Stovall stabilized an infield that in 1911 had used ten first basemen. Beleaguered Bobby Wallace, who had administered the team to a 45-107 cellar finish in 1911, had never wanted the job, and after the 1912 Browns started at 12-27, Stovall took the reins on June 2. He was well paid at $6,250 and began shaping the team he envisioned. He liked fast, young players with good arms, and emphasized defense and pitching. He waived ineffective veteran pitchers and by 1913 the whole pitching staff was under 30 years of age.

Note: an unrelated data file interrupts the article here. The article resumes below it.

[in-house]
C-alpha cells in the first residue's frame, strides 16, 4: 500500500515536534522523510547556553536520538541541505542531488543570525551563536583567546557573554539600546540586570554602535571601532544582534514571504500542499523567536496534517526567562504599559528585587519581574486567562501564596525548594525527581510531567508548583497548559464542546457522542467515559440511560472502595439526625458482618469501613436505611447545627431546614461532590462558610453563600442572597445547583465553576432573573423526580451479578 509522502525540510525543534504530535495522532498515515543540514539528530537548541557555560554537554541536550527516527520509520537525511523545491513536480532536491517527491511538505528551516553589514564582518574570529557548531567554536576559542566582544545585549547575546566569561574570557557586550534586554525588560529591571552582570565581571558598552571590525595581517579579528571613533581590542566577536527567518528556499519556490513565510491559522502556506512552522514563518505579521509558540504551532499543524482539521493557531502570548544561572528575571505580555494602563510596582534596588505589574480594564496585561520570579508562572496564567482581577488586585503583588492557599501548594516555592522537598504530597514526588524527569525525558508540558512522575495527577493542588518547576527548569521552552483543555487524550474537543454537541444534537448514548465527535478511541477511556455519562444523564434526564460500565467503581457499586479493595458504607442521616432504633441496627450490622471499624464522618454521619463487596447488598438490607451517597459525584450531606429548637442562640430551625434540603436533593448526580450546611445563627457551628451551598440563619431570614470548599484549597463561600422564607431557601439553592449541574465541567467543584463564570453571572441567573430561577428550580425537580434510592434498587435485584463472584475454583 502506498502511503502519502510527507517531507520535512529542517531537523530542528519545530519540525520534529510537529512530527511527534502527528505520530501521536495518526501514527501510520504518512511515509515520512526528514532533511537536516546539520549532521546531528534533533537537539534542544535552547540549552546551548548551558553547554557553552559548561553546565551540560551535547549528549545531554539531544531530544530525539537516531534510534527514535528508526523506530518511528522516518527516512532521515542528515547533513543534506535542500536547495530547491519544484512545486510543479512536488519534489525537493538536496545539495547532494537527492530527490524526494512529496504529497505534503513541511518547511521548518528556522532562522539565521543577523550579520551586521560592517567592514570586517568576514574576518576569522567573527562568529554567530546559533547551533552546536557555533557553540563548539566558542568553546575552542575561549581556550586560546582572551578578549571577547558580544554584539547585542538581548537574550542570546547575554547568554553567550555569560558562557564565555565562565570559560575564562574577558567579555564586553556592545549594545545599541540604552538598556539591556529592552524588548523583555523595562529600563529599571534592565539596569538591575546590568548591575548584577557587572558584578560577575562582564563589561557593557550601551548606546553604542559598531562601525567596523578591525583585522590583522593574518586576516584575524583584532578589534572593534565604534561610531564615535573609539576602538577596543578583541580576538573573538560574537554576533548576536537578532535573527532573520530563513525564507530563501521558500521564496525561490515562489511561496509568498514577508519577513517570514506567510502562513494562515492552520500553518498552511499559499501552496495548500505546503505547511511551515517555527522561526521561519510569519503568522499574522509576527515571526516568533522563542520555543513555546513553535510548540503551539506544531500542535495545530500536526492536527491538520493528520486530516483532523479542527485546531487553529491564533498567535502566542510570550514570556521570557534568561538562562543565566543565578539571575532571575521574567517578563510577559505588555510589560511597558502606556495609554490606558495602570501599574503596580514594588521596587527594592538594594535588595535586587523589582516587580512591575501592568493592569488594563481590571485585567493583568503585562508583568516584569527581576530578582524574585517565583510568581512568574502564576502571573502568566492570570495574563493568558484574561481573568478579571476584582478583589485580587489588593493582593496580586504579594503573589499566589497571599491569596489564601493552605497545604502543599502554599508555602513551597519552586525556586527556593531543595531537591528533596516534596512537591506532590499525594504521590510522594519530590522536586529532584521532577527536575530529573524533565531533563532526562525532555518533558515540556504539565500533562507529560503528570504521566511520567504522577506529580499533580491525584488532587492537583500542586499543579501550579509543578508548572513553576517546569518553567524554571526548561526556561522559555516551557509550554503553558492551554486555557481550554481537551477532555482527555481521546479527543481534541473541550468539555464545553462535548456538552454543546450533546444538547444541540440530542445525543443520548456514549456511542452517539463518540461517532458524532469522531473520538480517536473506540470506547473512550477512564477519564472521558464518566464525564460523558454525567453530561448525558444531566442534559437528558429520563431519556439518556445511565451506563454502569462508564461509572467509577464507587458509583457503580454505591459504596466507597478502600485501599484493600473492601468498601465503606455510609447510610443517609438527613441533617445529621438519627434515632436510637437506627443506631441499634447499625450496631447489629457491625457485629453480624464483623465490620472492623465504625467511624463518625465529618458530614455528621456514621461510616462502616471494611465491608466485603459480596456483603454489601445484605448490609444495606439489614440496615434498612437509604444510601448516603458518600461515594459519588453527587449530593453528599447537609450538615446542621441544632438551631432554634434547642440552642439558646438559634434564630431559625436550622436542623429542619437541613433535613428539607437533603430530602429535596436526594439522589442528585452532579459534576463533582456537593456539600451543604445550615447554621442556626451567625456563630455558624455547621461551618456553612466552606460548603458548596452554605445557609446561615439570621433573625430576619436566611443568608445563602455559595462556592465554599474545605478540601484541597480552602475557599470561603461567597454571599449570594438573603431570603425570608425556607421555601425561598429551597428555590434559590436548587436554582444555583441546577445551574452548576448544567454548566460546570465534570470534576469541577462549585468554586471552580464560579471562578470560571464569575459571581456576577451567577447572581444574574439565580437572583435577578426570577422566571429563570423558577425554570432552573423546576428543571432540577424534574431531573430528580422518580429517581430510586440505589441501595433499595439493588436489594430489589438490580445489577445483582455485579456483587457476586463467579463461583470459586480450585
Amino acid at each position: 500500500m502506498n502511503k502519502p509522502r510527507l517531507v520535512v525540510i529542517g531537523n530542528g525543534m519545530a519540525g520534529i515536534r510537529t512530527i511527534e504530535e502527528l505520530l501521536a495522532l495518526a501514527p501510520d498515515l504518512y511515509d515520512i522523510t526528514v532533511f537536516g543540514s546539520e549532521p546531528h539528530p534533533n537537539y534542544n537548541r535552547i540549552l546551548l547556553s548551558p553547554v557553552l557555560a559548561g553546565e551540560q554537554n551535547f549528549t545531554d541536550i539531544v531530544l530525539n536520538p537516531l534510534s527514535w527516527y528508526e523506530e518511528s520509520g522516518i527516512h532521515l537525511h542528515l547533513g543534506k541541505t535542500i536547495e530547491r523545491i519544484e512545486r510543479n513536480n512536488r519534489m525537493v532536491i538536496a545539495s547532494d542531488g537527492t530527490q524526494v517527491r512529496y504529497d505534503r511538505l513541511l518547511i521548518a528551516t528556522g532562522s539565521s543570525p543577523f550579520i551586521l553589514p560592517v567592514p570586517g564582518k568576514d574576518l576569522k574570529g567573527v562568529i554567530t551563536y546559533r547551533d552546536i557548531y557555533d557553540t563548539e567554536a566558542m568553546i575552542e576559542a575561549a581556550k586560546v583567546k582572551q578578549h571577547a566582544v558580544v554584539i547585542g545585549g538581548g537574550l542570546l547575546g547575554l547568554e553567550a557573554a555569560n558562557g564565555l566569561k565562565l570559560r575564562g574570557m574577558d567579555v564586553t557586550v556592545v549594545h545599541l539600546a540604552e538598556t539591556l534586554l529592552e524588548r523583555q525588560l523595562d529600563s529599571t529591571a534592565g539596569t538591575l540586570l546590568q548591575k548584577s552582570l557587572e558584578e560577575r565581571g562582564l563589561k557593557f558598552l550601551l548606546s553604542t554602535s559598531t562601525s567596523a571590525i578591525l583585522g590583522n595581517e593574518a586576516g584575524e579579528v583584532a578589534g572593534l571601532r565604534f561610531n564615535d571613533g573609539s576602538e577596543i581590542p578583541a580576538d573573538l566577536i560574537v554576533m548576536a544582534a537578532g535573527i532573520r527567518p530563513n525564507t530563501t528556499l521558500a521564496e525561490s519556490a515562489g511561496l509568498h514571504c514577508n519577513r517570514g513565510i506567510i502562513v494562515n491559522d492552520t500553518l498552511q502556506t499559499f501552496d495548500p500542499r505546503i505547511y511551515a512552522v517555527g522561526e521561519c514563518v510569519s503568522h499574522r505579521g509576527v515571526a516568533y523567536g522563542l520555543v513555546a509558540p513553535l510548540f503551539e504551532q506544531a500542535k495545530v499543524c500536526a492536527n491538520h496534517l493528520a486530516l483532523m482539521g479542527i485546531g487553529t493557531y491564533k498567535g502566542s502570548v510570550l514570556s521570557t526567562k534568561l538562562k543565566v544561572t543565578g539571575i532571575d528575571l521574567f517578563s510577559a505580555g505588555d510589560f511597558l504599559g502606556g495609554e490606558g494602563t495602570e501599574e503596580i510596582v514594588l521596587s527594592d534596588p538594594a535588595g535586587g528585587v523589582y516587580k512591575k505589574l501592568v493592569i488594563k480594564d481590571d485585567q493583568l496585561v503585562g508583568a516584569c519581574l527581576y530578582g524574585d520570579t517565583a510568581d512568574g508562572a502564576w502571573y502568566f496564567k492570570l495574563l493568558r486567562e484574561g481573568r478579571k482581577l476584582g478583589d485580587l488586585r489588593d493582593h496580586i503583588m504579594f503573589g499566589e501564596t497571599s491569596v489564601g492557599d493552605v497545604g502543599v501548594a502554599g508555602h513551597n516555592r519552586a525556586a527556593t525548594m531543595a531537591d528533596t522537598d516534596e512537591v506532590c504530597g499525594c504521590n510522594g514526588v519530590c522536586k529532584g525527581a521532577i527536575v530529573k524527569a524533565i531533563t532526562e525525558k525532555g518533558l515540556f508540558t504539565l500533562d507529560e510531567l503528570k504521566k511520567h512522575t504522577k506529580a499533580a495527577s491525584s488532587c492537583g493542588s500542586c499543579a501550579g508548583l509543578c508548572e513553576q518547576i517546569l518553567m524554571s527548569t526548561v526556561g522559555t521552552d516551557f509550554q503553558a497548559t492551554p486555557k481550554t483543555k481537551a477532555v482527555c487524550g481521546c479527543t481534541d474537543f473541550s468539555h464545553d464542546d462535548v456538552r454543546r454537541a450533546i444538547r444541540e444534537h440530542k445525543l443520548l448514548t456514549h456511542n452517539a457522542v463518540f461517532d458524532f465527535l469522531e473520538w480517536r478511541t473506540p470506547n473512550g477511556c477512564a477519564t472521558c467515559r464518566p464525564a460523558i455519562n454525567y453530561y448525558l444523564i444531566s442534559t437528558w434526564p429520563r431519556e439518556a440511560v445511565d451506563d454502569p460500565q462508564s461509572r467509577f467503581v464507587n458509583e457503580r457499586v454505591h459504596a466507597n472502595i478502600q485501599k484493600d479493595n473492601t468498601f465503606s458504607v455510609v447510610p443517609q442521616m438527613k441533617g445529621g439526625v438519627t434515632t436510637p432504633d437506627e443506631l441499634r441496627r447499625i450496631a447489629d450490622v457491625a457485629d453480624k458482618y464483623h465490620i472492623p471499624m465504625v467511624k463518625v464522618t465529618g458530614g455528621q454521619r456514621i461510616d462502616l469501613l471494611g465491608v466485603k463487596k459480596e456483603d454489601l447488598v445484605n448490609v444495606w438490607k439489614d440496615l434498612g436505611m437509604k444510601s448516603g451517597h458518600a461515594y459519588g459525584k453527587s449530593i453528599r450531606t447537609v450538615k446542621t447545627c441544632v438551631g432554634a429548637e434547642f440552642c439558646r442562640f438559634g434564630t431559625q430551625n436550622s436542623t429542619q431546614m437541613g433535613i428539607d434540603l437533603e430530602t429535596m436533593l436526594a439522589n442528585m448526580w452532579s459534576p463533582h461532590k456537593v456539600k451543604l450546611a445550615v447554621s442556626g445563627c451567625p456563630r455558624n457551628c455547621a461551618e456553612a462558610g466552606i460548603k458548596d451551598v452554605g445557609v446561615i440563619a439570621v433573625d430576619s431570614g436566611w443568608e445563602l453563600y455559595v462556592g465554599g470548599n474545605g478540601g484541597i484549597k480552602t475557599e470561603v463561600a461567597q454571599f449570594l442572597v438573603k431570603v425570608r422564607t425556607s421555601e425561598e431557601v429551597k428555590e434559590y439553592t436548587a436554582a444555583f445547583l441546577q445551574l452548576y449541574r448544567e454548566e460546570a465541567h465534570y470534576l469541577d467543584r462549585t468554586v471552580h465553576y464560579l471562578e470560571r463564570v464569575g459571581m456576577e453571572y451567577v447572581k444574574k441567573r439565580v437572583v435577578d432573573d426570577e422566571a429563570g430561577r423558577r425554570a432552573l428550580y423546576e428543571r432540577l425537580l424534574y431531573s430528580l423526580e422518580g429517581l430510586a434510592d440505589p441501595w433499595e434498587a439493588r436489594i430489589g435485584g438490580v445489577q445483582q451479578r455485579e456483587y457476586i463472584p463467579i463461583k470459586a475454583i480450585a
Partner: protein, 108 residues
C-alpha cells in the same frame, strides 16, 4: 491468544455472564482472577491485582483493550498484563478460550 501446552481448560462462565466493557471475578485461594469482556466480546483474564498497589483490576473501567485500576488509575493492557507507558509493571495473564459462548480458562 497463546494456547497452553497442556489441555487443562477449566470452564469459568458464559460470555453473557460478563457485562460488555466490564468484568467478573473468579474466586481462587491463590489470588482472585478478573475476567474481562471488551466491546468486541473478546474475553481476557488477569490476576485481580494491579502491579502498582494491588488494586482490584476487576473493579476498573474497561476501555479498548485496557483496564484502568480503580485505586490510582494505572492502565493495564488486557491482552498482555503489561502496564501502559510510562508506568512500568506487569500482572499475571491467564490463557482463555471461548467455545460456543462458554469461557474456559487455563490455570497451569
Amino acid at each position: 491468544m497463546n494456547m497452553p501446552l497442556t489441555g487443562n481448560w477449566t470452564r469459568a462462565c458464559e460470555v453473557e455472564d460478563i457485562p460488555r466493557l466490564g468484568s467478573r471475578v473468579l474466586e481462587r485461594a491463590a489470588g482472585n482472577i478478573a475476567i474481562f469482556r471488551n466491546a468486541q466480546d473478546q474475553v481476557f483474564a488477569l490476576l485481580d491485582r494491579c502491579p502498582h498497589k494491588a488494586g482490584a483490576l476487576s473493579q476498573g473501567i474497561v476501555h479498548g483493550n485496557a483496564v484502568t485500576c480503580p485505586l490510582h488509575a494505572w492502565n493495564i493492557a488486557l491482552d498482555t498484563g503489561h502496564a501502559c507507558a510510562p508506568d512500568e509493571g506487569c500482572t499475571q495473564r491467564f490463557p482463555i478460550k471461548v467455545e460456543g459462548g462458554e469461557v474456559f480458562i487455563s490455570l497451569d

The 1912 season was not without its controversies. Stovall once again delved into the unprecedented by joining managers Nixey Callahan and Harry Davis against Frederick Westervelt, an umpire they felt to be incompetent. The three conferred in New York in July, after Stovall had been suspended due to an argument with Westervelt, who had been moved from Chicago to Cleveland games when Ban Johnson had given in to protests earlier in the season. Westervelt, who had been promoted to the majors in 1911, “was not asked to continue” in the majors after the 1912 season. Stovall led the Browns to a seventh-place finish, and there was reason for optimism in “that Siberia of the ball players, St. Louis.” Owner Robert Hedges raised his salary to $7,500.